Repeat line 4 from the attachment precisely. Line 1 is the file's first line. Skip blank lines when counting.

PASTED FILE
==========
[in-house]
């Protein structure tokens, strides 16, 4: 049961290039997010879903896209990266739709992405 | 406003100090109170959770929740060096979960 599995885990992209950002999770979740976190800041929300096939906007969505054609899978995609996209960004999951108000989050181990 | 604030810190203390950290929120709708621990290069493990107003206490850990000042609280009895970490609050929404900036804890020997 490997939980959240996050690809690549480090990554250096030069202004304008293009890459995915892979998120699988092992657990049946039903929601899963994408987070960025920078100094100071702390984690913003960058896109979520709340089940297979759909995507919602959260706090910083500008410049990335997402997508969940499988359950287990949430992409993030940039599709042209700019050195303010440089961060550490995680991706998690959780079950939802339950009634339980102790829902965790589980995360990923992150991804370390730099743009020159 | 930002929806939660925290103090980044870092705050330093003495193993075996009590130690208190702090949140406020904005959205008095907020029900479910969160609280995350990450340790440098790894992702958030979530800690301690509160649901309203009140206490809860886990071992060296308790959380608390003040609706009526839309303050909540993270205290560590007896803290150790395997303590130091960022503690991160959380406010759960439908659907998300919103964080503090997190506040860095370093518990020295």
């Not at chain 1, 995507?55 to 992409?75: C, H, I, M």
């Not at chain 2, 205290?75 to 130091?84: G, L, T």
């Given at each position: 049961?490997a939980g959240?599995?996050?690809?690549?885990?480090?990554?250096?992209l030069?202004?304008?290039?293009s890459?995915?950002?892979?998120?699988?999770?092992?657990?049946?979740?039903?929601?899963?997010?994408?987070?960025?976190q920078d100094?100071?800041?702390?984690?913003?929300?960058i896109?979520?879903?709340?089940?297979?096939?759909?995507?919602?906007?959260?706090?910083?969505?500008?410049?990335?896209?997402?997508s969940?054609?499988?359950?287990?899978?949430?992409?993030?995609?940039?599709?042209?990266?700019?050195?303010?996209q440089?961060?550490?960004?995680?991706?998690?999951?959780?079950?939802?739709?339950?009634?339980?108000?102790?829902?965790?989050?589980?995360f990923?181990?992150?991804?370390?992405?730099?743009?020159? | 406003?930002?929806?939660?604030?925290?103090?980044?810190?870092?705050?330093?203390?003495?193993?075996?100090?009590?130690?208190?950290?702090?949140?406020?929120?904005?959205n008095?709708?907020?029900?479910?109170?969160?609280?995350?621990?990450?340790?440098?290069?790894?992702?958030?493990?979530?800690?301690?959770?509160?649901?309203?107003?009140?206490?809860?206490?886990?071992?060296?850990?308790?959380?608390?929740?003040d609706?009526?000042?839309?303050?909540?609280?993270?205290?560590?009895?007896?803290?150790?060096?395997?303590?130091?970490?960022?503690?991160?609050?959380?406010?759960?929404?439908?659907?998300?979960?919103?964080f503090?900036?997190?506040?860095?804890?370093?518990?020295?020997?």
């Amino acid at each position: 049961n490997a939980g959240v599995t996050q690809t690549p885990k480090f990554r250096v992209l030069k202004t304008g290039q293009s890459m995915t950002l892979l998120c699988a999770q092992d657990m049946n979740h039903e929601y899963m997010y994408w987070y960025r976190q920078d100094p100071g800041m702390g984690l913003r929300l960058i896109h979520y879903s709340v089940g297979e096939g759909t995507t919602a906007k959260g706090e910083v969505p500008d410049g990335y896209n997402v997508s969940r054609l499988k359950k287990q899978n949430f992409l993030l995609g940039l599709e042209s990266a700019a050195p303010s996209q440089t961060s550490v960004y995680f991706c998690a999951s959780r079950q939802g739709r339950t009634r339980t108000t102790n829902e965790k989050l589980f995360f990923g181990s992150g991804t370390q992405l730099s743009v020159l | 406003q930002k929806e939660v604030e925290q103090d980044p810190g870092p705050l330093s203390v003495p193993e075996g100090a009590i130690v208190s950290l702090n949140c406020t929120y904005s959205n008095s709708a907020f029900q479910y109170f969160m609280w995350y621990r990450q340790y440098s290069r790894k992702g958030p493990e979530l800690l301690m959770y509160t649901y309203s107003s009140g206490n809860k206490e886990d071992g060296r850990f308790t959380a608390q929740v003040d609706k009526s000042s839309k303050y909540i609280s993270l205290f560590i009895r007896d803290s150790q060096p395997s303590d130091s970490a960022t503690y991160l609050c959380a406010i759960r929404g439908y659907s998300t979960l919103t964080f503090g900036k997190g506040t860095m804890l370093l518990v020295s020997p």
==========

């Not at chain 2, 205290?75 to 130091?84: G, L, T």